The BPO Category

HealthTrust: Healthcare GPO Provider Summary — Introduction, Summary Analysis, SWOT and Customer Engagement Tips [PRO]

Through a combination of organic growth industry consolidation, three group purchasing organization (GPO) providers have come to dominate the healthcare market. These providers — Vizient, Premier and HealthTrust — control nearly 75% of spend in the healthcare GPO market. Despite this level of consolidation, the three competitors have, in certain cases, targeted different markets and introduced unique offerings. This Spend Matters PRO research brief provides an overview of HealthTrust, including a general introduction, key points analysis, SWOT framework and customer tips for getting the most out of engagement. For background on the GPO market, check out our two earlier briefs, An Introduction to Group Purchasing Organizations (GPOs) and Group Purchasing Organizations: Supplier Perspectives and the Evolving GPO Landscape. For general context, perspective and analysis of the healthcare GPO market in particular, see our recent three-part series: Part 1 (Background, History and Introduction), Part 2 (GPO criticisms and market consolidation/bifurcation) and Part 3 (Key Takeaways, Emerging Paradigm Shifts and Customer Recommendations).

Premier: Healthcare GPO Provider Summary — Introduction, Summary Analysis, SWOT and Customer Engagement Tips [PRO]

healthcare

Through a combination of organic growth industry consolidation, three group purchasing organization (GPO) providers have come to dominate the healthcare market. These providers — Vizient, Premier and HealthTrust — control nearly 75% of spend in the healthcare GPO market.

Despite this level of consolidation, the three competitors have, in certain cases, targeted different markets and introduced unique offerings. This Spend Matters PRO research brief provides an overview of Premier, including a general introduction, key points analysis, SWOT framework and customer tips for getting the most out of engagement.

For background on the GPO market, check out our two earlier briefs, An Introduction to Group Purchasing Organizations (GPOs) and Group Purchasing Organizations: Supplier Perspectives and the Evolving GPO Landscape. For general context, perspective and analysis of the healthcare GPO market in particular, see our recent three-part series: Part 1 (Background, History and Introduction), Part 2 (GPO criticisms and market consolidation/bifurcation) and Part 3 (Key Takeaways, Emerging Paradigm Shifts and Customer Recommendations).

Vizient: Healthcare GPO Provider Summary — Introduction, Summary Analysis, SWOT and Customer Engagement Tips [PRO]

Through a combination of organic growth industry consolidation, three group purchasing organization (GPO) providers have come to dominate the healthcare market. These providers — Vizient, Premier and HealthTrust — control nearly 75% of spend in the healthcare GPO market.

Despite this level of consolidation, the three competitors have, in certain cases, targeted different markets and introduced unique offerings. This Spend Matters PRO research brief provides a summary overview of Vizient, including a general introduction, key points analysis, SWOT framework and customer tips for getting the most out of engagement.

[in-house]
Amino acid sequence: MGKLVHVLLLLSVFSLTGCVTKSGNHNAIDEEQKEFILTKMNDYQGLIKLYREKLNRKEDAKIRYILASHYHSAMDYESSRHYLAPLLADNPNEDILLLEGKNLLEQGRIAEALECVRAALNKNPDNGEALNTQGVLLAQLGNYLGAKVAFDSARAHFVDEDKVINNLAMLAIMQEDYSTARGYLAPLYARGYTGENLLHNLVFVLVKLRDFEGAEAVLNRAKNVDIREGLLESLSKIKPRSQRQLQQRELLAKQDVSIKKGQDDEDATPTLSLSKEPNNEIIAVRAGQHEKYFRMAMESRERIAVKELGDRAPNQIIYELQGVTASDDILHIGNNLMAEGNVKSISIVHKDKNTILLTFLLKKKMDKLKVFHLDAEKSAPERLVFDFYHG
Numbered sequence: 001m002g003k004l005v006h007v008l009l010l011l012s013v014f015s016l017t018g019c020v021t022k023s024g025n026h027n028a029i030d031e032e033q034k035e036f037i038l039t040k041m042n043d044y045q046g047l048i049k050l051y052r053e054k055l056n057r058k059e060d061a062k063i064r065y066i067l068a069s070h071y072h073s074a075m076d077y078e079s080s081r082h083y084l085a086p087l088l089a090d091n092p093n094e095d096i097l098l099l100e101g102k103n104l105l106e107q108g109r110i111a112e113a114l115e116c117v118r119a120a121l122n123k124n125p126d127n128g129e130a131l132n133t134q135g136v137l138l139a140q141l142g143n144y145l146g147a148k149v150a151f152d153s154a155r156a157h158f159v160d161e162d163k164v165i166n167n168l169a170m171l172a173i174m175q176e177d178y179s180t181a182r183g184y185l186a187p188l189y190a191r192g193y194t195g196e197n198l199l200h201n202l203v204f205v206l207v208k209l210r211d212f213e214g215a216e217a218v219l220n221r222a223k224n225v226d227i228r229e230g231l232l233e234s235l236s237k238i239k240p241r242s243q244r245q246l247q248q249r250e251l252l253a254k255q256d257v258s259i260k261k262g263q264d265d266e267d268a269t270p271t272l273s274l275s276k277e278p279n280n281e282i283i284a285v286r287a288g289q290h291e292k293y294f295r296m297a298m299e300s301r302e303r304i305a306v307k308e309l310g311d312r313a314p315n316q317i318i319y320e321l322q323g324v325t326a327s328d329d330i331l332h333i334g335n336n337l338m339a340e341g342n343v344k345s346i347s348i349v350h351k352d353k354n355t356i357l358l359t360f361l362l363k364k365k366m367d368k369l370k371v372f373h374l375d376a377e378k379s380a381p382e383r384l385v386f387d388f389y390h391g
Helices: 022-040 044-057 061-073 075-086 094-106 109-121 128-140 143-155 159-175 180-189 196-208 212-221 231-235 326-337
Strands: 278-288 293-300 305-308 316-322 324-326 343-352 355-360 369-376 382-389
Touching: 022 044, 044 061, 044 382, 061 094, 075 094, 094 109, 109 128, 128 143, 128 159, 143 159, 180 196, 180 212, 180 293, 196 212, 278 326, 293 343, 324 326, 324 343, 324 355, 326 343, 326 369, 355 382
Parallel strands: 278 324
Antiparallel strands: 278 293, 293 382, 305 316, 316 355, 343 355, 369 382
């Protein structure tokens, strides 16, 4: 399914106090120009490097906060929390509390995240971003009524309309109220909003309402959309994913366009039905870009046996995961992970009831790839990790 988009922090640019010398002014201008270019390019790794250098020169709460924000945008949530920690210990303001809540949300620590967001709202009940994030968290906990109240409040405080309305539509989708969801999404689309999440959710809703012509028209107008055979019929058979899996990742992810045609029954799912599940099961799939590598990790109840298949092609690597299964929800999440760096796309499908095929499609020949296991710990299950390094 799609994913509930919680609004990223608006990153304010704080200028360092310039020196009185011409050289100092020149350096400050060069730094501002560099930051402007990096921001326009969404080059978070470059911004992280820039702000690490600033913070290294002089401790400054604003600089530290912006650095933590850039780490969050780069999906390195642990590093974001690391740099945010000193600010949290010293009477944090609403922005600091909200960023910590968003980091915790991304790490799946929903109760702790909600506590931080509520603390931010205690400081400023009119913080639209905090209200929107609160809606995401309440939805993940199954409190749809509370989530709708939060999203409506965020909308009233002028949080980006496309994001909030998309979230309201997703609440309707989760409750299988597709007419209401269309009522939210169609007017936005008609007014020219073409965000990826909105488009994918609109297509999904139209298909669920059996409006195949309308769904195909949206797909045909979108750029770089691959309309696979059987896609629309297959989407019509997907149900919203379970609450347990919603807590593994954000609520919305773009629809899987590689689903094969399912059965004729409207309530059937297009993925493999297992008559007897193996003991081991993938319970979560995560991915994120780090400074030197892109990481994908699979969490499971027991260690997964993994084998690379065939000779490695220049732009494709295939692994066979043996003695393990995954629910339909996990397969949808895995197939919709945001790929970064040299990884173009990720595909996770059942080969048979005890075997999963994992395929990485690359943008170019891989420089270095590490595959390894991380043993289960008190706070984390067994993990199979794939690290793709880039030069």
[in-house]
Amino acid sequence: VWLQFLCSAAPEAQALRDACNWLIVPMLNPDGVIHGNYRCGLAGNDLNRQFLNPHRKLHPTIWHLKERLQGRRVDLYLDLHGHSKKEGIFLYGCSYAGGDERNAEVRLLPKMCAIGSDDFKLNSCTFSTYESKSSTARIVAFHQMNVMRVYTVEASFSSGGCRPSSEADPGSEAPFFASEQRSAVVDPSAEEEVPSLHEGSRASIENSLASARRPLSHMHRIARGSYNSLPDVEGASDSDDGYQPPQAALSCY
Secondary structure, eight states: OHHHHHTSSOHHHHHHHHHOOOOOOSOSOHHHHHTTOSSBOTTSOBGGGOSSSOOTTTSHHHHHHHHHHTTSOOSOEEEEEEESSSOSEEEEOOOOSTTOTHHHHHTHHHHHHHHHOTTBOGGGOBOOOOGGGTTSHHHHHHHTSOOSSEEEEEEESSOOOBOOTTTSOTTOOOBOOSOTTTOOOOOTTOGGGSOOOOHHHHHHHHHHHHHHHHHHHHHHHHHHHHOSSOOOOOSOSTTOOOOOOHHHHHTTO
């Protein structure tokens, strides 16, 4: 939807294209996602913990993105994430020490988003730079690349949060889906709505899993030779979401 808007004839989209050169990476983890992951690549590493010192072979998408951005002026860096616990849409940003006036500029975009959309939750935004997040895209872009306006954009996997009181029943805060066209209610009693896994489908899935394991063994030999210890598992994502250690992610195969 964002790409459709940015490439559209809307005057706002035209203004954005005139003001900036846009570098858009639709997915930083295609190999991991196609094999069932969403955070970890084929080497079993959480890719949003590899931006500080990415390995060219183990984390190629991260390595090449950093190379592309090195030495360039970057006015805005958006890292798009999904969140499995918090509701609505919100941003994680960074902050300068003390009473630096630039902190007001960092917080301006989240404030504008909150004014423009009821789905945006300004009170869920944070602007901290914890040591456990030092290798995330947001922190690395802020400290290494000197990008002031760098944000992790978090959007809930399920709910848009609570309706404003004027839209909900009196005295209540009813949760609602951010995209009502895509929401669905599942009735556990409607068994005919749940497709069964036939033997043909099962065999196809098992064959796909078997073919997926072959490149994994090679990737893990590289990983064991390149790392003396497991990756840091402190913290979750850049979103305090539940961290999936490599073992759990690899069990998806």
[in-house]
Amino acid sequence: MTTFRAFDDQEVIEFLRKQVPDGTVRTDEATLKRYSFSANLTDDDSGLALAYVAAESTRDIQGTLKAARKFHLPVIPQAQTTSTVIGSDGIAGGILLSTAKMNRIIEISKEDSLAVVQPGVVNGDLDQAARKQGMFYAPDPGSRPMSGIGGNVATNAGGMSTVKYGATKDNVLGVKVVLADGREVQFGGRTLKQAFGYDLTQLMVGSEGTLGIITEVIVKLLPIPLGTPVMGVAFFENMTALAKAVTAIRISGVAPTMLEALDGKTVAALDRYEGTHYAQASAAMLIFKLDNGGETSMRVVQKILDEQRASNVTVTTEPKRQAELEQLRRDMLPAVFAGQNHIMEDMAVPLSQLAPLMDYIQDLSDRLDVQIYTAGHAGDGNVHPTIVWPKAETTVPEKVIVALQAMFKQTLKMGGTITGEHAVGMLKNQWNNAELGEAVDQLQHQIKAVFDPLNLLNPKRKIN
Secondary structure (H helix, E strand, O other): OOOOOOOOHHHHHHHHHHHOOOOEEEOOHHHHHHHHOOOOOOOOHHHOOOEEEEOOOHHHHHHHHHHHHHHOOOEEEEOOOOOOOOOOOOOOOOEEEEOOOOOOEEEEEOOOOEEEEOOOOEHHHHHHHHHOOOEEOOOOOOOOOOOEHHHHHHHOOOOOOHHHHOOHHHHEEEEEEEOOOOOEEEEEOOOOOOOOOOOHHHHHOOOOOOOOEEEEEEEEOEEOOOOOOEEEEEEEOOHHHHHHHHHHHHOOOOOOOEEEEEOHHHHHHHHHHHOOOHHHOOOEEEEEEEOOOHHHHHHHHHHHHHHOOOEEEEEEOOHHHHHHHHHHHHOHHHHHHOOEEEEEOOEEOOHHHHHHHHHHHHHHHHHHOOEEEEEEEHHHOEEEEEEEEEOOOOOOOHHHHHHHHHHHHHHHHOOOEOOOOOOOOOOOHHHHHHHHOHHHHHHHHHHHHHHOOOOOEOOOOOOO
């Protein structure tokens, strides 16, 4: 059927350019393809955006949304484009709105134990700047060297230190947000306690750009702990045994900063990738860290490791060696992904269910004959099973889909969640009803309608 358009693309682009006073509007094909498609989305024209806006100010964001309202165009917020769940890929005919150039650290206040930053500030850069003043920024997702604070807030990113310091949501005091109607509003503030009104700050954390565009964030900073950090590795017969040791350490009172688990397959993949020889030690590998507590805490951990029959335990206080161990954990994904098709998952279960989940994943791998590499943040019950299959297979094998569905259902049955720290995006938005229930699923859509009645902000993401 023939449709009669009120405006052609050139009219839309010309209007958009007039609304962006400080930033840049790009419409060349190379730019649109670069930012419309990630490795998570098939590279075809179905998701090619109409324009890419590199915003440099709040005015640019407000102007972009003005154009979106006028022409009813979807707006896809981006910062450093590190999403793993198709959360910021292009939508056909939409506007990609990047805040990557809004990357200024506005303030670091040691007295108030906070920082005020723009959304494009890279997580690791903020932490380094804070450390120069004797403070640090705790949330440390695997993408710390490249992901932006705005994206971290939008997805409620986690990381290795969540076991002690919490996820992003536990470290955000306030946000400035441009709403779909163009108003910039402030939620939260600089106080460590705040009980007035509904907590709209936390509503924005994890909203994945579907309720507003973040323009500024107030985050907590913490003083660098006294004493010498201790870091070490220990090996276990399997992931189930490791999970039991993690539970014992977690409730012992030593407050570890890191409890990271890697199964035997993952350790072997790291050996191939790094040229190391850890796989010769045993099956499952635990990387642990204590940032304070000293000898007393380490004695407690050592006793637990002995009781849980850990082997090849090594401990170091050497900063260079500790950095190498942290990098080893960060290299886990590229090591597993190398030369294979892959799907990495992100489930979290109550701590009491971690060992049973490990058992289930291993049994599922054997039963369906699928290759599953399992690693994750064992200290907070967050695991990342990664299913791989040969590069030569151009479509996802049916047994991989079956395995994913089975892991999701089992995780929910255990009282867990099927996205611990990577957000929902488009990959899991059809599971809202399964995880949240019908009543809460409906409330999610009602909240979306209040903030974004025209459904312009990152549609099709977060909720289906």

For background on the GPO market, check out our two earlier briefs, An Introduction to Group Purchasing Organizations (GPOs) and Group Purchasing Organizations: Supplier Perspectives and the Evolving GPO Landscape. For general context, perspective and analysis of the healthcare GPO market in particular, see our recent three-part series: Part 1 (Background, History and Introduction), Part 2 (GPO criticisms and market consolidation/bifurcation) and Part 3 (Key Takeaways, Emerging Paradigm Shifts and Customer Recommendations).

The Healthcare Group Purchasing Organization Landscape (Part 3): Key Takeaways and Customer Recommendations [PRO]

This Spend Matters PRO series explores the history and current state of the healthcare group purchasing organization (GPO) market. In this third installment, we provide key takeaways for the industry, analyze emerging trends in the market and offer customer recommendations.

For background on the GPO market, we encourage you to start here with our two earlier briefs on GPOs, An Introduction to Group Purchasing Organizations (GPOs) and Group Purchasing Organizations: Supplier Perspectives and the Evolving GPO Landscape. Then explore Part 1 (Background, History and Introduction) and Part 2 (GPO criticisms).

The Healthcare Group Purchasing Organization Landscape (Part 2): Market Critiques and Effects of Consolidation [PRO]

This Spend Matters PRO series provides an introduction to the healthcare GPO market. Today in Part 2, we summarize healthcare GPO criticisms and survey the effects of consolidation in two GPO contexts (member consolidation and GPO M&A). We also discuss how models are bifurcating.

For background on the GPO market, review our two earlier briefs, An Introduction to Group Purchasing Organizations (GPOs) and Group Purchasing Organizations: Supplier Perspectives and the Evolving GPO Landscape. Then explore the first installment in this series, which provides a background, history and introduction to the healthcare GPO market.